# Homework Help: Shear stress at boundary of wall = 0

1. Aug 11, 2016

1. The problem statement, all variables and given/known data

in the formula of shear stress τ = (V)(Q) / It ,
Q=Ay = first moment of inertia of area, the area can be located above(or bottom) at the point of interest)
when the chosen point is at the wall(boundary) , why shear stress = 0?
2. Relevant equations

3. The attempt at a solution
When i choose area above the point of interest, there's nothing above A, so i understand that Q=0, shear stress = 0
But, when I choose the area below the point of interest, it's the whole coloured part, right? how can Q= 0 ?

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Last edited: Aug 11, 2016
2. Aug 11, 2016

### PhanthomJay

At the top of the section, Q is 0 regardless of whether you use the area above or below that section of interest in its calculation. Please show how you calculate Q. What is the value of y-bar when using the lower area?

3. Aug 11, 2016

Q = (102.1x 10)(120.2 +5) + (240.4 x 6.4)(0 )+ (102.1x 10)(120.2 +5) , which is not 0

4. Aug 12, 2016

### PhanthomJay

It is simpler for this special case to look at the entire area and recognize that since it's centroid lies along the neutral axis, then y-bar of the entire area is 0. But in general, your method is fine, except that first moments of area have positive and negative signs associated with them. So if you consider the first moment of the top flange area as plus, then the first moment of the bottom flange area has the same numerical value, but it is minus.

5. Aug 12, 2016

Why the moment at upper and below parts have different sign?

6. Aug 12, 2016

### PhanthomJay

Because ybar is above the neutral axis in one case, and below it in the other. The area moments thus cancel.

7. Aug 12, 2016

why we dont have to cancel off them when we are calculating the first area moment of inertia in normal case(not this case) ?
Why it is necessary to cancel off them in this case?

8. Aug 12, 2016

### PhanthomJay

When the neutral axis is below the section of interest where you want to calculate Q, and you use the area above the section of interest in your calculation for Q, then all ybar values of the area parts are of the same sign, and there is nothing to cancel. Although you have a choice to use the area above or below the section of interest, use the easier of these choices. There is less chance of error this way.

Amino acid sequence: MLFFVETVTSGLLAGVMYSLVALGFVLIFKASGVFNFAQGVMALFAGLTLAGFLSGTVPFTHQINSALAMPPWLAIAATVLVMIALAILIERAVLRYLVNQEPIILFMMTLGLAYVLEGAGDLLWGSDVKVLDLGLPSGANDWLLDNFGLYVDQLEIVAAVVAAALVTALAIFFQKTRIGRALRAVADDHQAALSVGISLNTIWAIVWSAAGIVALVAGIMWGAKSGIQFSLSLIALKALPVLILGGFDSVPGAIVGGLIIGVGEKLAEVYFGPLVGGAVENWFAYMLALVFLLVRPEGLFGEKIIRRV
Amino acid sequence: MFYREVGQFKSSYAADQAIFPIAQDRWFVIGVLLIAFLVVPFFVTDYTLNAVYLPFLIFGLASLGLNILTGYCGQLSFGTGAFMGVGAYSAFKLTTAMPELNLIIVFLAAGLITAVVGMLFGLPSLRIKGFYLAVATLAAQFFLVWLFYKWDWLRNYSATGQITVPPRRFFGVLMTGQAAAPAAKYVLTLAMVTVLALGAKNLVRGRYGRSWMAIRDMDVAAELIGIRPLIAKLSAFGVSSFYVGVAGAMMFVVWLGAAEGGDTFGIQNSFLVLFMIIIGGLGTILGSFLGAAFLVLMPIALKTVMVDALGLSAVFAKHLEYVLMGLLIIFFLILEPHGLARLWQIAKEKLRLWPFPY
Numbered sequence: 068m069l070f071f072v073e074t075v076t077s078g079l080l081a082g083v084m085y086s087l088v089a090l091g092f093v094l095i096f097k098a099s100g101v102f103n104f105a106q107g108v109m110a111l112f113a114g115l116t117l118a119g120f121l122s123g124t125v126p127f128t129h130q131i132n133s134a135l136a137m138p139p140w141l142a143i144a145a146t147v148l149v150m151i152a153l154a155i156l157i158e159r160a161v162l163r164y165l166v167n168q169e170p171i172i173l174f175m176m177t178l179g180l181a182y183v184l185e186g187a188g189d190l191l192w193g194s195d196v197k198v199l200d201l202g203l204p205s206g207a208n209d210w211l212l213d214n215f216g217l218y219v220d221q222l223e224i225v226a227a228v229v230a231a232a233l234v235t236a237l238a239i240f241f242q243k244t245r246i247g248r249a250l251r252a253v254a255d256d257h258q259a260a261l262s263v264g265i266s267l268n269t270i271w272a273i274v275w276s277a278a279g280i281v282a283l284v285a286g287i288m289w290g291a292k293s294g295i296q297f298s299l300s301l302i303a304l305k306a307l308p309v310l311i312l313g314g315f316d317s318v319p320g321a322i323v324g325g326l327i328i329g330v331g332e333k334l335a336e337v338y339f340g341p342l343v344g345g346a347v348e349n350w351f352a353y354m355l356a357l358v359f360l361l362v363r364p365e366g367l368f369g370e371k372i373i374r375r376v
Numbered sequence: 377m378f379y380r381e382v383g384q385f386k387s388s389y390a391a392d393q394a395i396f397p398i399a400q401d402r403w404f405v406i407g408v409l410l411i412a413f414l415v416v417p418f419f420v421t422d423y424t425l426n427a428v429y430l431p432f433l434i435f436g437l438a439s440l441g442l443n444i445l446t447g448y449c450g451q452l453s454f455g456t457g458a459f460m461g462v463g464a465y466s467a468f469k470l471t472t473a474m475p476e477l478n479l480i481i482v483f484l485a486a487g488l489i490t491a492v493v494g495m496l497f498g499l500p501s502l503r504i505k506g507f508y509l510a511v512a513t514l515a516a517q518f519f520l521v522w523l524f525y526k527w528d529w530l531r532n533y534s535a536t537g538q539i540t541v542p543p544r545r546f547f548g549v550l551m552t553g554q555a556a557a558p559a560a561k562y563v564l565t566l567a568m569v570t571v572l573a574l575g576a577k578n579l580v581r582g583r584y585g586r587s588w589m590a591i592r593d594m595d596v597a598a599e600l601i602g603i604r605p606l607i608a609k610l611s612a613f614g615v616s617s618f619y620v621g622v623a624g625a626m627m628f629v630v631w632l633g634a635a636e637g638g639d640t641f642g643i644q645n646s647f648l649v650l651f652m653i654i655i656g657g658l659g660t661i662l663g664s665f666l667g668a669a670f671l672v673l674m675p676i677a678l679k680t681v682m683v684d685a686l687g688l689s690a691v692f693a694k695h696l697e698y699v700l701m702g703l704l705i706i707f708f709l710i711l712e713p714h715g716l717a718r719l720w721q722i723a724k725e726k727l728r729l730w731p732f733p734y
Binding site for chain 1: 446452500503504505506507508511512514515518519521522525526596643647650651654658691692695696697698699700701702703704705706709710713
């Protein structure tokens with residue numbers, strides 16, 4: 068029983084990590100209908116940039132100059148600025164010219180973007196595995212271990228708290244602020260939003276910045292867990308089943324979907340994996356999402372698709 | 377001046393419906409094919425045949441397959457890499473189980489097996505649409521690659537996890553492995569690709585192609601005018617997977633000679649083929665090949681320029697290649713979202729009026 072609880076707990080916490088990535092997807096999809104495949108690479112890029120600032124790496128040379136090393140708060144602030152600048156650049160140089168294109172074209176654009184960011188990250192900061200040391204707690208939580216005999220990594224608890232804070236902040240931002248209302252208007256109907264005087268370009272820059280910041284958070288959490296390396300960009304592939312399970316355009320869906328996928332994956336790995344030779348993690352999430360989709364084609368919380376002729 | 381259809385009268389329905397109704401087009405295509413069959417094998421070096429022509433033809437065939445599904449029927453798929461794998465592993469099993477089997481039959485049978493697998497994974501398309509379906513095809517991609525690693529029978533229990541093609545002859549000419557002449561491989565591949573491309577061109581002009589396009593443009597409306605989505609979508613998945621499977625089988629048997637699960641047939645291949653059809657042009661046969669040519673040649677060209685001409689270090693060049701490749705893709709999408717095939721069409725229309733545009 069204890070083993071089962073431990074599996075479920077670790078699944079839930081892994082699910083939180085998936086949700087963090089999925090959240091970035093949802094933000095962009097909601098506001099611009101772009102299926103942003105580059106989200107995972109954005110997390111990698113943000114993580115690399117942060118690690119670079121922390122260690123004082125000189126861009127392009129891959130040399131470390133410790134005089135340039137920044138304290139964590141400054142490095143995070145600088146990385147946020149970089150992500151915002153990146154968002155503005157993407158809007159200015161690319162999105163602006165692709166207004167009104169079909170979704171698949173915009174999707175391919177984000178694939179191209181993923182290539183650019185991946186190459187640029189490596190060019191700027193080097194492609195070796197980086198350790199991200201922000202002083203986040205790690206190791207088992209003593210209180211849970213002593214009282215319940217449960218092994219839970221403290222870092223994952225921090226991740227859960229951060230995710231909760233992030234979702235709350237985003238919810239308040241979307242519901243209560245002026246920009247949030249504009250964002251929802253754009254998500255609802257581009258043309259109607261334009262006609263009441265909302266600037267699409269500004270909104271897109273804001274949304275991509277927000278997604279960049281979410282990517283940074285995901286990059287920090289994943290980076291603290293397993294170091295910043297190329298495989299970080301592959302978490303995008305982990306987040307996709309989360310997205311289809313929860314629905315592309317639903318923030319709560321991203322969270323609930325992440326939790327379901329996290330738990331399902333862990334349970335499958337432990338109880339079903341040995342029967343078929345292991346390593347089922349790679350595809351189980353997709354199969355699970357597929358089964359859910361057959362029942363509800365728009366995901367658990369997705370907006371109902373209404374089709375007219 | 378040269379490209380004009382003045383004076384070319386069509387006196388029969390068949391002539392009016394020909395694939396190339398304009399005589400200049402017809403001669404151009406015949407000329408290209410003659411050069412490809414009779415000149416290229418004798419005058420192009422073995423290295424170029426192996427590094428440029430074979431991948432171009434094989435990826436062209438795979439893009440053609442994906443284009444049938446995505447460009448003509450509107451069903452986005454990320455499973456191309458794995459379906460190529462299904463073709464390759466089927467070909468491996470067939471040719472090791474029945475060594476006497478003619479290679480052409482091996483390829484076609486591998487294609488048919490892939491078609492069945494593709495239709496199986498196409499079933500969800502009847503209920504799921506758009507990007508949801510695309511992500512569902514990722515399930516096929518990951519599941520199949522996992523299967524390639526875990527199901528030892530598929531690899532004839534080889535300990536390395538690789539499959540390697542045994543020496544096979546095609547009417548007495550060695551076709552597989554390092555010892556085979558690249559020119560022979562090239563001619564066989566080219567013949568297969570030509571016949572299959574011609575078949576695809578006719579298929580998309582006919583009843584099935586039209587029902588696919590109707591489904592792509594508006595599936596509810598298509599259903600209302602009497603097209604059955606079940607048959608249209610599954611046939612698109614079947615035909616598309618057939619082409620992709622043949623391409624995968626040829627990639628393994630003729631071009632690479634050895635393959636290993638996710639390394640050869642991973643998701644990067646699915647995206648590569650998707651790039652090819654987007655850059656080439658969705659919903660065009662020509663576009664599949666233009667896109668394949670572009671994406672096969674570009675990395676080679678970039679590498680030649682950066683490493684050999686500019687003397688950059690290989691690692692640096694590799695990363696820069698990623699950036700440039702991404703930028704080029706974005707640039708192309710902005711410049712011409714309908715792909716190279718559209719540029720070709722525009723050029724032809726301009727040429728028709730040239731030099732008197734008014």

9. Aug 13, 2016

What do you mean ?
If i consider the area above the point of interest , the area above point A ( in the notes) will be 0 ......Q = 0
why you said that same sign ? and cancel ? there's nothing to be cancelled off , right ?

10. Aug 13, 2016

### PhanthomJay

Oh I thought you meant in general . At the top of the beam, yes, Q is 0.

11. Aug 13, 2016

how if we considering the area below point A? why there's a need to put negative value for ybar?
I have an example here....When we are calcualting the moment of inertia about the neutral axis (Ixx), we dont have to put negative sign for ybar although it's the area below the neutral axis( x - axis)
refer to the example below

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12. Aug 13, 2016

### PhanthomJay

First moment of area Q is A times y. It can be plus or minus. Second moment of area I is A times y squared. Square a negative and you get a positive, right?

13. Aug 13, 2016

Sorry, refer to this example, there
sorry, i posted the wrong example....
anyway, here's an example, the author doesnt consider ybar of the area below the neutral axis as negative...Everything is positive...

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14. Aug 13, 2016

### PhanthomJay

I think you posted the wrong example. Anyway, you keep fighting the minus sign. Whether using moment areas to calculate deflections, or Q, or centroids, you must consider the signage or you will continue to get the wrong answers.

15. Aug 14, 2016

I am very sorry for that.
Here's the example, can you refer to it again...There's no negative sign involve for ybar in this question

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16. Aug 14, 2016

### PhanthomJay

In determining the centroid of the section, the author is summing moment areas about the bottom, so ybar is always positive for all areas. There's a couple of half holes that complicate the problem because the area of those holes subtract and are considered negative. I urge you again to start with the simpler cases before tackling the complex.

17. Aug 14, 2016